Toldain Talks

Because reading me sure beats working!


Toldain started as an Everquest character. I've played him in EQ2, WoW, Vanguard, LOTRO, and Zork Online. And then EVE Online, where I'm 3 million years old, rather than my usual 3000. Currently I'm mostly playing DDO. But I still have fabulous red hair. In RL, I am a software developer who has worked on networked games, but not MMORPGS.

Friday, January 15, 2010

Irrational Actors

Quoth pi to i: "Get real!"
Retorteth i: "Be rational!"

Brian Green left this comment on my Hulkageddon post. Bravo to him for reading through that. I was feeling enthusiastic, what can I say?

I don't really understand why people aren't "rational" economic actors in EVE.

For a lot of the same reasons they're not in offline life. Plus, for some people "it's just a game" so it doesn't make sense for them to do something they may not really enjoy to get a bit of extra cash. I suspect this isn't quite so common in EVE, though.

I have a friend who just doesn't like to use the AH in games. I think a large part of it is that he doesn't want to bother to learn how to maximize profits even in this simple case; yet, he's happy grinding out daily quests at an alarming rate. :P

Too true, too true. This reminds me of a story. I had found a nice little profitable venture in EQ2. With one of the class/skill revisions, it turned out that Rangers, a very popular class at the time got their only backstab ability at about level 6 or 7, and it never upgraded, due to the class tree branching.

So, I discovered I could make Adept 3's (they were then called) using the T1 rares, which could be bought cheaply, and sell them for a nice little profit. I don't remember how much, but it was enough to get my attention, though not enough to get me rich on its own. The market seemed to support the sale of maybe one of these a day or so.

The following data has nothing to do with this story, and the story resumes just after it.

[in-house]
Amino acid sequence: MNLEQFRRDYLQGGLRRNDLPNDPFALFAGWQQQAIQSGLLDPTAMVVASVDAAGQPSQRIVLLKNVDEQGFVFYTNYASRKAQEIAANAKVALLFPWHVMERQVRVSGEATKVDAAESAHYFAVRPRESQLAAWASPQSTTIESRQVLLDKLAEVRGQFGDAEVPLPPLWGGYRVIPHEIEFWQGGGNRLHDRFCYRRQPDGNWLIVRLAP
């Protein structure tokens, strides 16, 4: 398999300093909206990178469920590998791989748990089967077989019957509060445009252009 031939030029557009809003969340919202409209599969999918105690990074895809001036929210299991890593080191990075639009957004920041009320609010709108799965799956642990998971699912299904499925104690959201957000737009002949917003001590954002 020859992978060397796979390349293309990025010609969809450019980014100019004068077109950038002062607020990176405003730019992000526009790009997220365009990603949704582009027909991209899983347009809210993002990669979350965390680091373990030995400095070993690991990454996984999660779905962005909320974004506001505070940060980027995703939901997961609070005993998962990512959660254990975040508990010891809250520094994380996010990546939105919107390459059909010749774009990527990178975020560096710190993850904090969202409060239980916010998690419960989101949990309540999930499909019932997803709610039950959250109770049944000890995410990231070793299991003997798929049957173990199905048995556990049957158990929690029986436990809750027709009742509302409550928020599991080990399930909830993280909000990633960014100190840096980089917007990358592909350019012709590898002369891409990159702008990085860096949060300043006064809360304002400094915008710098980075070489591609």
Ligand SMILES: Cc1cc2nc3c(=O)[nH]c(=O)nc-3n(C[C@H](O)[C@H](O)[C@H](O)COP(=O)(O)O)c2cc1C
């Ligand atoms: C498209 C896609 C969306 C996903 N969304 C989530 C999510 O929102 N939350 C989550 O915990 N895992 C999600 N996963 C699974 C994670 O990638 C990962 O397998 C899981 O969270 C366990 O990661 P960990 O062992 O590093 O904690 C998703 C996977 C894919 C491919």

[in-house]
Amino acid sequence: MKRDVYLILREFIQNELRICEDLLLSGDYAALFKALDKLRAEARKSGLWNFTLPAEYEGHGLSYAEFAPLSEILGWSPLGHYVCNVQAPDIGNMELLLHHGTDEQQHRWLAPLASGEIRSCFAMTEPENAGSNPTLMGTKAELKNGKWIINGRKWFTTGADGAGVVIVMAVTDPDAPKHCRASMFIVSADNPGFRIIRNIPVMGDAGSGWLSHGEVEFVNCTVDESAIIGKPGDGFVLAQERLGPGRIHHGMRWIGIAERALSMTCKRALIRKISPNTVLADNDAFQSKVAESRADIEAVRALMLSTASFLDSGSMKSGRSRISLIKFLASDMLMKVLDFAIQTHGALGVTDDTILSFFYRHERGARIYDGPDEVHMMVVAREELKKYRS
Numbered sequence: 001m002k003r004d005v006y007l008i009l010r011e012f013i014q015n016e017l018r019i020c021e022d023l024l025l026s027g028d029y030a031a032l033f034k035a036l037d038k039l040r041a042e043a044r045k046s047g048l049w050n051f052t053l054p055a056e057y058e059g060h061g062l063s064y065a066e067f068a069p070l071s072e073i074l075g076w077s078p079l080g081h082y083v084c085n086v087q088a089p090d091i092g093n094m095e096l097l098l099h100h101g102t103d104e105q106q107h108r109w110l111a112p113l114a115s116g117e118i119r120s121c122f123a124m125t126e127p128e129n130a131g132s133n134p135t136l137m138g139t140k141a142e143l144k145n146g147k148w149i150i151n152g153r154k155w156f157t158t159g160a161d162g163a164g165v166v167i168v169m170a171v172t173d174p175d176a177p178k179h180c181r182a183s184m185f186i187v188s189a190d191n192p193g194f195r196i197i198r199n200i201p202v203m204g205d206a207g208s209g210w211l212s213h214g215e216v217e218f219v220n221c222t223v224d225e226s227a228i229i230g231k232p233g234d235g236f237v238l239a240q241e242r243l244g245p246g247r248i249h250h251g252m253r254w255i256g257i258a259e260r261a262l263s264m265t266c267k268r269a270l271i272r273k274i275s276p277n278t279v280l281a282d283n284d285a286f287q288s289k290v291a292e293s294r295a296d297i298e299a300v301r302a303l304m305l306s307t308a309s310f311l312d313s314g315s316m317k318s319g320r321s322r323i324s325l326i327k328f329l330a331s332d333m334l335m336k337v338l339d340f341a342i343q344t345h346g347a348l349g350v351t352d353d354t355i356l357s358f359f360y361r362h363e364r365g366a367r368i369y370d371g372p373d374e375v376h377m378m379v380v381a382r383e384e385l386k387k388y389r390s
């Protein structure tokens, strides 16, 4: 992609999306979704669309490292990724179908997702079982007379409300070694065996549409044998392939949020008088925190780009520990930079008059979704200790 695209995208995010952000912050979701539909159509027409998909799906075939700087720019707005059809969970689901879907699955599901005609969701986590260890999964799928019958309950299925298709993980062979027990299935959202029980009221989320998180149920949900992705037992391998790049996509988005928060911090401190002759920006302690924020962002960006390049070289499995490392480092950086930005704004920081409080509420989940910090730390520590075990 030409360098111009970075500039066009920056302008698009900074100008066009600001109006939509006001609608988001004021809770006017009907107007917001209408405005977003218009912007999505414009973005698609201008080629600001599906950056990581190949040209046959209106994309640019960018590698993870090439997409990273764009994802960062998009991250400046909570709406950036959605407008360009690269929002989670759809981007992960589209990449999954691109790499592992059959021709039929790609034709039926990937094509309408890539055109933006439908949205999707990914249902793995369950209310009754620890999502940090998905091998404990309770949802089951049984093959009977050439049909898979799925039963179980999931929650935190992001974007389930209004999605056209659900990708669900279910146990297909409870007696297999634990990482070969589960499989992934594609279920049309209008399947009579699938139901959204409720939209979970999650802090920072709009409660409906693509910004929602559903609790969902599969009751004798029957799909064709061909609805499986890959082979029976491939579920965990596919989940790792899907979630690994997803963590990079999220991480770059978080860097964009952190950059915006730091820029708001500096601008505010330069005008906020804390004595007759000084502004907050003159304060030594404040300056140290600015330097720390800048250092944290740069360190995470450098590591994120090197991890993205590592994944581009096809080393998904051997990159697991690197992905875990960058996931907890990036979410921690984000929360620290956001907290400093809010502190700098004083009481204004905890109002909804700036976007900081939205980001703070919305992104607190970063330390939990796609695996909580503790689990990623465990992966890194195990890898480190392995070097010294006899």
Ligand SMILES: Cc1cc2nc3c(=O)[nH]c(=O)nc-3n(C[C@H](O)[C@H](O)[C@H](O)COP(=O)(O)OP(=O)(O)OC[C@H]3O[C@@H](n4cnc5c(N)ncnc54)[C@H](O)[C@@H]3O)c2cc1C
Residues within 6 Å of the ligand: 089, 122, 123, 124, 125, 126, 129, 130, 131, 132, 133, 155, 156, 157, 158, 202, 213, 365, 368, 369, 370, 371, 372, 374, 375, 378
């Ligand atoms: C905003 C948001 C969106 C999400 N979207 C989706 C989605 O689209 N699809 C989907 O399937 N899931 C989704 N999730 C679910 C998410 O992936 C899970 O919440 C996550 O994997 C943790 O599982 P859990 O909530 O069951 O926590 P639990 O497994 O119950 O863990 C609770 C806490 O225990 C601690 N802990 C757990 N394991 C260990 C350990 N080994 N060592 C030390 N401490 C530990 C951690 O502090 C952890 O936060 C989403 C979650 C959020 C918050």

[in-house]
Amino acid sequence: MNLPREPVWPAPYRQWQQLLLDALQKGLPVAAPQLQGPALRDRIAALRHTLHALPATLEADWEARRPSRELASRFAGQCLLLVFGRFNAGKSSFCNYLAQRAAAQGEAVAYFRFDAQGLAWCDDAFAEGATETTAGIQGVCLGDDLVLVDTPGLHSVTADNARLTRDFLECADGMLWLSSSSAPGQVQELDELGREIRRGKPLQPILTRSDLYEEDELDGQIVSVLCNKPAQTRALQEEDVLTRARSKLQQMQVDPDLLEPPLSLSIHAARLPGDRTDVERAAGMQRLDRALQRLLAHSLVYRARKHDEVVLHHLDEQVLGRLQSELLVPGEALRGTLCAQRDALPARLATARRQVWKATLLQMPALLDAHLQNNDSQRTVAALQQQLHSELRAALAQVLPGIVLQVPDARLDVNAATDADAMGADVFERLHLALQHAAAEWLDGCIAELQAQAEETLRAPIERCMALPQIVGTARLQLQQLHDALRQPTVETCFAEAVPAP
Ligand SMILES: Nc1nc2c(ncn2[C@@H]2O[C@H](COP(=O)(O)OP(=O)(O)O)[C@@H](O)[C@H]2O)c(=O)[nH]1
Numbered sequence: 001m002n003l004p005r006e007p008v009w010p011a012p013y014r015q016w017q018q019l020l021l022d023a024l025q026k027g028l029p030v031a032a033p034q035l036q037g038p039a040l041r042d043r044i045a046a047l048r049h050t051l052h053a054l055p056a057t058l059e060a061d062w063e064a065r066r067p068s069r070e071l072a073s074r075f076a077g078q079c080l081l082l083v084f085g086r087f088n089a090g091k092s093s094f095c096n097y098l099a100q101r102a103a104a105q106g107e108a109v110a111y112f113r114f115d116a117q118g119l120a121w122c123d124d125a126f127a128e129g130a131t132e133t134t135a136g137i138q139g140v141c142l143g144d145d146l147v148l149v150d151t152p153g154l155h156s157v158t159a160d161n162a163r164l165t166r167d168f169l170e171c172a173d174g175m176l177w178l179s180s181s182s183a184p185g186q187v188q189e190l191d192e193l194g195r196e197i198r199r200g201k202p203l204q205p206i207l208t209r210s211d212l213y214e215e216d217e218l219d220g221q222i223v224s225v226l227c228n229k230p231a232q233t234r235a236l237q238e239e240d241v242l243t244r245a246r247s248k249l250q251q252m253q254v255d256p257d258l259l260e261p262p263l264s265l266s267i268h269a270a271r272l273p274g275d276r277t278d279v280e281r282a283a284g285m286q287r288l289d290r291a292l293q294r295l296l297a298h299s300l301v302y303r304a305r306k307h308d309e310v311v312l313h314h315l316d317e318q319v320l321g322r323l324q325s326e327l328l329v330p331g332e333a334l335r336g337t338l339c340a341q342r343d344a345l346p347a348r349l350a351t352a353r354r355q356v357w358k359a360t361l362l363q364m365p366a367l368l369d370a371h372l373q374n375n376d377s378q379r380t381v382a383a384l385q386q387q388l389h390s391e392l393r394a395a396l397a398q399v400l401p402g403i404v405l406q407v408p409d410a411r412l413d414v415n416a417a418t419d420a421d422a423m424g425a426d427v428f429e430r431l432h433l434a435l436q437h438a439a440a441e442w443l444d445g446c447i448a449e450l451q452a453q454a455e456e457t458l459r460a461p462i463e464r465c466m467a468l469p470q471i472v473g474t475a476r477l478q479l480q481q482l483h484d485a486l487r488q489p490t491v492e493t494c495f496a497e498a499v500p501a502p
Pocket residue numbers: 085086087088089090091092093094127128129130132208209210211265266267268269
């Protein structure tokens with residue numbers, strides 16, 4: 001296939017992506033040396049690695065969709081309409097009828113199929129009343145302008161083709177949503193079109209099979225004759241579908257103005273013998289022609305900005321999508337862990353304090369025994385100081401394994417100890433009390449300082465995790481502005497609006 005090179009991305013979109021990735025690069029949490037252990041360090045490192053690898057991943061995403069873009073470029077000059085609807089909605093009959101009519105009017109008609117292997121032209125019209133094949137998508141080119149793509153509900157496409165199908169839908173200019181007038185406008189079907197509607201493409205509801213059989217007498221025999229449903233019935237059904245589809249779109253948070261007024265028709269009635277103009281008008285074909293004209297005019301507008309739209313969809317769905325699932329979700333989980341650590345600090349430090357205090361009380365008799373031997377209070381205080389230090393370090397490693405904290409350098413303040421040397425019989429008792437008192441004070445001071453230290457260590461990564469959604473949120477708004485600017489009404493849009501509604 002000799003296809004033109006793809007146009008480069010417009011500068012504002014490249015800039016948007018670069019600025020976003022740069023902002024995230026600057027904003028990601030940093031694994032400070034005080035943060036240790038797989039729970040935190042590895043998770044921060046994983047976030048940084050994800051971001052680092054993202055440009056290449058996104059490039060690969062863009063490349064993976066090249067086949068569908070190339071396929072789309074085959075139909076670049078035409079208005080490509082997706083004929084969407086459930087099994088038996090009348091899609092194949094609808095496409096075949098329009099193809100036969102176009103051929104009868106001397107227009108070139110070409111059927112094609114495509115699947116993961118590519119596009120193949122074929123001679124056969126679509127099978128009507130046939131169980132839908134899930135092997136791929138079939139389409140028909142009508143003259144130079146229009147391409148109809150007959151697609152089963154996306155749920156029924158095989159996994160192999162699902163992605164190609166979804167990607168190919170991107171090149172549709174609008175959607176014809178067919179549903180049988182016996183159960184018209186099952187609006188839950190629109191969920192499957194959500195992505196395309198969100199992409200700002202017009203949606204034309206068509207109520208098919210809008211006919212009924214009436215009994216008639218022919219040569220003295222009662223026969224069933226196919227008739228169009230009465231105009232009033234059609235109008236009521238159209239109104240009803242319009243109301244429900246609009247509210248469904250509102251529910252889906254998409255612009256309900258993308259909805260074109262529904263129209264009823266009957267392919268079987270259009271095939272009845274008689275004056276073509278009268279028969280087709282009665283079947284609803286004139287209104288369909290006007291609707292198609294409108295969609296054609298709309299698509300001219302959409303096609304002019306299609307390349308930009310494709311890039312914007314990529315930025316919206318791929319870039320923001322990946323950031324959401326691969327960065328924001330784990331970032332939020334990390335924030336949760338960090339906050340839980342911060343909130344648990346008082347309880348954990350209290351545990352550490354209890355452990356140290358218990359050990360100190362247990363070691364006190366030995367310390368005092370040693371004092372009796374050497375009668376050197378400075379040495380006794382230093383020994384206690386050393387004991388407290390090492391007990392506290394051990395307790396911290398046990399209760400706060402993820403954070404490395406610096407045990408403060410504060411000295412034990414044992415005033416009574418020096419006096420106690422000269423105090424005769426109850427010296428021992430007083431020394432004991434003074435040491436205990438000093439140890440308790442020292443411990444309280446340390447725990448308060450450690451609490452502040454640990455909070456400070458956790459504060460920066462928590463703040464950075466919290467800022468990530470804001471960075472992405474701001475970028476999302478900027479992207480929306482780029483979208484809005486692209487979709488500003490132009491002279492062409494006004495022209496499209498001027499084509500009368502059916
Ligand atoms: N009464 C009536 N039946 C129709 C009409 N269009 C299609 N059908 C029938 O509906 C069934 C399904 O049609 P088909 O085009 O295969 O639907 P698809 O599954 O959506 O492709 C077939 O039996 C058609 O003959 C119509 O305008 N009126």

A guildie of mine noticed that I was doing this and decided that he would do it too. With great energy and enthusiasm he brought to every venture he began cranking them out, under the theory that more is better.

He completely flooded the market and destroyed the value of the item. I stopped making them. I never mentioned it to him because well, it was clear that there was no malice involved.

Another case is when we could go out and harvest deer meat in a T1 zone and sell it on the broker for 1g each to people trying to complete a HQ. I've come to realize that that was just a difference in opportunity cost. If you're high level, 1g is easier to get than deer meat, as easy as it is. But if you're low level, the deer meat is easier. Thus, trade enriches both parties. Adam Smith for the win. This sort of thing is really good for game economies, where low levels can get something that high level toons want but don't want to spend the time getting. Things that flow money from high levels to low levels are very good.

Here's the kind of thing that doesn't make any sense to me in EVE, though. A miner goes out and mines ore and then makes stuff with it when that miner would make more money and spend less time by simply selling the ore.

Or another example is why people would mine tritanium, which is stagnant in price, when thy could be mining pyerite, which has doubled in price recently, and shows no sign of abating. Do people really see themselves as "I'm a tritanium miner, I can't stand those snobby pyerite miners?"

Actually, I think it's just habits, and unexamined behaviors.

One of my favorite things about Eve is the situation is always fluid. It's never the same game twice. Even anomalies and missions will have some variation in spawns. And yes, I am bored with running shard dungeons that have exactly the same mobs in exactly the same places.



Anonymous Anonymous said...

interesting post. I would love to follow you on twitter. By the way, did you guys know that some chinese hacker had hacked twitter yesterday again.

7:42 PM  
Anonymous Phritz said...

Irrational actions? In a Fantasy setting? Who would have guessed.

This is just a game, people are less concerned with their actions than if it were, say, investing in the sub-prime mortgage market....

10:23 AM  

Post a Comment

<< Home